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Bruce Kesler | Prayer is another insanity in ObamaCare

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After my morning prayers, and thanks for Republican victories in Tuesday’s elections that may help stop the ObamaCare obomination in its tracks, I picked up my morning newspaper and on page 3 read the article, “Move to put spiritual care in health bill.”

This is exactly one of the absurdities that argues against ObamaCare or most further government takeover of healthcare. Special interests intrude their mandates, and costs, on us all, even with little justification outside their mustered political power.

One of the battles in Congress is over a provision of the House ObamaCare bill that would require insurers to pay for prayer treatments as for other medical treatments. It was proposed by a Republican congressman, whose district includes Principia College, a Christian Scientist school.

There’s some evidence that a patient’s morale affects their recovery. There’s some evidence that prayer can improve a patient’s morale. There’s, also, much more evidence that prayer will not cure most ailments and, indeed, there are sufficient studies that substituting prayer for proven scientific medicine can prolong or worsen serious ailments that otherwise could be alleviated or cured.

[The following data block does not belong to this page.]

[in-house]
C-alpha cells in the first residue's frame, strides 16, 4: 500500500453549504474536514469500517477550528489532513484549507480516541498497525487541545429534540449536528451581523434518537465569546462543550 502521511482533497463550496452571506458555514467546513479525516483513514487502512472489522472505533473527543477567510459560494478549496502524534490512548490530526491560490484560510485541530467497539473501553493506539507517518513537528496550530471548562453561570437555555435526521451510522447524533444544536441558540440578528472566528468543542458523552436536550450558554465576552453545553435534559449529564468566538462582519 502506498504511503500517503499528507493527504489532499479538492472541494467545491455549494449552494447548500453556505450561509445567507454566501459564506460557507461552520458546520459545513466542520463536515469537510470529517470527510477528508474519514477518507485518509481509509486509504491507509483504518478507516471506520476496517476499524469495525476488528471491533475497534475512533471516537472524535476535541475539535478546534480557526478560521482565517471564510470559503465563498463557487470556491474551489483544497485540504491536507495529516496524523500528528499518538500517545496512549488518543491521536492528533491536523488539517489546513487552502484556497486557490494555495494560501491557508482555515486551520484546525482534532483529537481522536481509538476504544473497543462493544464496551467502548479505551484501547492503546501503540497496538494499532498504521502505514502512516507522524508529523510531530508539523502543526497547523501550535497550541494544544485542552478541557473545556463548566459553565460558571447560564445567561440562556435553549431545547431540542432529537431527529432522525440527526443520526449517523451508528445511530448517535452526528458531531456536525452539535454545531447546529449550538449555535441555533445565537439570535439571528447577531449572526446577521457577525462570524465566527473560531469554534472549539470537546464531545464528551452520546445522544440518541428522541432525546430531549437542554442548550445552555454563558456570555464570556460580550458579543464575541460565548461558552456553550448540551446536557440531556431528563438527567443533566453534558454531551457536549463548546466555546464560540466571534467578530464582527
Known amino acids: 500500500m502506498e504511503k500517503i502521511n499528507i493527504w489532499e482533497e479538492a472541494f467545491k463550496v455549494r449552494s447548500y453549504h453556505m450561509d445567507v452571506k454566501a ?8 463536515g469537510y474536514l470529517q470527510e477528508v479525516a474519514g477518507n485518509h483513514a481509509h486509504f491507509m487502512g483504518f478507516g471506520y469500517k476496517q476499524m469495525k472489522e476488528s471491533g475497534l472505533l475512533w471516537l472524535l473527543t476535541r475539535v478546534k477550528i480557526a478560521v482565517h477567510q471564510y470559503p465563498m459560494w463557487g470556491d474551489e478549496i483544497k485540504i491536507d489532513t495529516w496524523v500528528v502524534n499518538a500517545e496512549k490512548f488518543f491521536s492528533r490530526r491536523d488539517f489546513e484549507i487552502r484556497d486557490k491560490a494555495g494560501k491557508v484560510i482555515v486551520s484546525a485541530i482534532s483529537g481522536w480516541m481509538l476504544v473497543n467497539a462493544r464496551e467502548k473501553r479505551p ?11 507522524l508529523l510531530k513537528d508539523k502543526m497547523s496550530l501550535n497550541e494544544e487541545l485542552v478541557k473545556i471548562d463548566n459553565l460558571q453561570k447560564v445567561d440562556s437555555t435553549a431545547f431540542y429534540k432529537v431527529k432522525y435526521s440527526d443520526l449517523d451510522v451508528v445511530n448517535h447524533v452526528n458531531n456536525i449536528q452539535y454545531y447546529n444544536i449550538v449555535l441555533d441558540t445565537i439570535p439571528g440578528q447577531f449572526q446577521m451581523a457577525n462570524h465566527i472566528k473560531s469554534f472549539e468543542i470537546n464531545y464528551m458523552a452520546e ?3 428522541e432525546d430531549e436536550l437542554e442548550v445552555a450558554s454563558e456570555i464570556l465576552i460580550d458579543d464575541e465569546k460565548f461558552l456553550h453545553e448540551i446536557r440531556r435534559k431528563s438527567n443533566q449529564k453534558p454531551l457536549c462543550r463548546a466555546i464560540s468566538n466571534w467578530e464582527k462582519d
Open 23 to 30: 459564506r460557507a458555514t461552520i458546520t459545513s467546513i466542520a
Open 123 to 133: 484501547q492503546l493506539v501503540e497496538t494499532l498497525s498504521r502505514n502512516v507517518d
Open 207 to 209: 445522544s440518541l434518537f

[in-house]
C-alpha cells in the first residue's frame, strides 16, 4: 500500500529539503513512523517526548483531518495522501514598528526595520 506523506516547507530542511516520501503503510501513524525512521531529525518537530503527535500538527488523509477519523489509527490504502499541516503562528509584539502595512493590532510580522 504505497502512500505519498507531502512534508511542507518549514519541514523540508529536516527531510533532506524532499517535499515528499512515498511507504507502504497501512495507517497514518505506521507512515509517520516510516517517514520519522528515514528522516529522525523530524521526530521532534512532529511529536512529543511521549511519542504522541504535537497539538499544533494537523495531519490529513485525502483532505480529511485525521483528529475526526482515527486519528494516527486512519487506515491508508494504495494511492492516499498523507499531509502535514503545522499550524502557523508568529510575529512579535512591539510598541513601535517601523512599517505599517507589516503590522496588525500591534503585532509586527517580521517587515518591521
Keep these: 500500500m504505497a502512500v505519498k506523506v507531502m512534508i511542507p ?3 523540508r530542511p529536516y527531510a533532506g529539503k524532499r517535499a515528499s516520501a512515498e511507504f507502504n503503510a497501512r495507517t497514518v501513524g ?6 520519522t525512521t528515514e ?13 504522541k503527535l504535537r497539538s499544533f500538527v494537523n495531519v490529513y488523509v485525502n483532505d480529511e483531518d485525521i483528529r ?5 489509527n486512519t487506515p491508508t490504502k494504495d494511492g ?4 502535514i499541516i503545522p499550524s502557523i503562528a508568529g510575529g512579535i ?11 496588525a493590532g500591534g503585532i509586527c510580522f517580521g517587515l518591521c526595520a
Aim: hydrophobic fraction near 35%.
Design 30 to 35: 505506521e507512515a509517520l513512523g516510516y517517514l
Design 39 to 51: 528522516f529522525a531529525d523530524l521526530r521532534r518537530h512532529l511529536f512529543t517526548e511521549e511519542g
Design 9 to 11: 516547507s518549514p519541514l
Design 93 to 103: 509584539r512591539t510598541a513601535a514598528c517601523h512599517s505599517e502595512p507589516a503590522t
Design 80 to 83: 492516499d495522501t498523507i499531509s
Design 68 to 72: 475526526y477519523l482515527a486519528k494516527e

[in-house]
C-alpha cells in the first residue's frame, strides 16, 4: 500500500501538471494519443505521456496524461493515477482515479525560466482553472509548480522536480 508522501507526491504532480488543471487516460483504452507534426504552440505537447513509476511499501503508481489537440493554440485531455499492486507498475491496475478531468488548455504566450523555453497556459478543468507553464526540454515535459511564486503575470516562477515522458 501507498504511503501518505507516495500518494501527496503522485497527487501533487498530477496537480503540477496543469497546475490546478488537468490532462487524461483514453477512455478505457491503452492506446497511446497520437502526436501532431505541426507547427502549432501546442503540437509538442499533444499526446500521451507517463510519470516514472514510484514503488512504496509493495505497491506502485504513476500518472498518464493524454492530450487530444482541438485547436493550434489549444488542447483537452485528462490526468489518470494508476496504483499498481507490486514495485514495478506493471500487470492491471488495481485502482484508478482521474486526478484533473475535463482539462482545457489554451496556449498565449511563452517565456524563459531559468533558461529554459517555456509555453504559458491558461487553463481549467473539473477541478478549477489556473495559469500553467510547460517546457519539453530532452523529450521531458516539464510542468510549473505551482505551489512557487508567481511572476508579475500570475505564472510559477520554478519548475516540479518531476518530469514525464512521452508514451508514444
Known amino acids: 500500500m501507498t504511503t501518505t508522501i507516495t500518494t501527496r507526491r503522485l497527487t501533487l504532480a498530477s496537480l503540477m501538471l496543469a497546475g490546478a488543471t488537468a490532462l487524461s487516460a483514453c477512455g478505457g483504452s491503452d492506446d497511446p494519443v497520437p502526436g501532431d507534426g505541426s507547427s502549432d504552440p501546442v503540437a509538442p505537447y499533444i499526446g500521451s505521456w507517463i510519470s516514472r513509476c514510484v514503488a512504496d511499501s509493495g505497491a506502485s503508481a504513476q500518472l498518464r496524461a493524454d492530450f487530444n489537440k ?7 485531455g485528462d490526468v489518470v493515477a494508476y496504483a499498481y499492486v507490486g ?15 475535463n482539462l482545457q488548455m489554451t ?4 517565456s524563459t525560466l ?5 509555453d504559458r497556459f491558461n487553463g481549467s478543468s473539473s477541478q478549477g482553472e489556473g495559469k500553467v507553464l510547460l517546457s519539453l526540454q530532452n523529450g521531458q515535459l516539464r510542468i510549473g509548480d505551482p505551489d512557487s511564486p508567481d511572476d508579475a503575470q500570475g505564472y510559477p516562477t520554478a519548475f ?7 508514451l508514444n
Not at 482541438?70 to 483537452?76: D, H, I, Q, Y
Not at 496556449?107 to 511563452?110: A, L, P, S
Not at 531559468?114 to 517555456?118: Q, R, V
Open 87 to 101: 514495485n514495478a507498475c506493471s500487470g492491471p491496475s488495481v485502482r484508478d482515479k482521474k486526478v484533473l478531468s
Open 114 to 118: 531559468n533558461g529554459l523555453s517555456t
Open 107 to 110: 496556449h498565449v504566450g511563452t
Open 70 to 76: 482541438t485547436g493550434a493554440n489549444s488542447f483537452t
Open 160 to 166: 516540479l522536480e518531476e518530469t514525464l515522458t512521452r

I, personally, like the saner holistic approach to medicine, to add proper diet, exercise, some vitamins, and yoga to one’s health regimen. And, I pray. But, to require that medical insurance cover these is insane, and costly, crowding out the core scientific medicine that is essential. Many who are uninsured are, thus, priced out of coverage due to the costs of mandates for usually lesser effective treatments, like chiropractry or acupuncture or massage, being added into insurance. Further, adding in very expensive in vitro fertilization, as desirable as it may be for those infertile to enjoy having children, is similarly counterproductive to our main concerns about improving health care. If they want children, pay for it, or accept your fate. There is not a legal nor moral obligation for taxpeyers or others who buy insurance to buy children for them.

This argument in Congress over whether to include insurance coverage for prayer is an absurd but indicative example of what we can expect when special interest government runs health care.

 

– Column by Bruce Kesler

 

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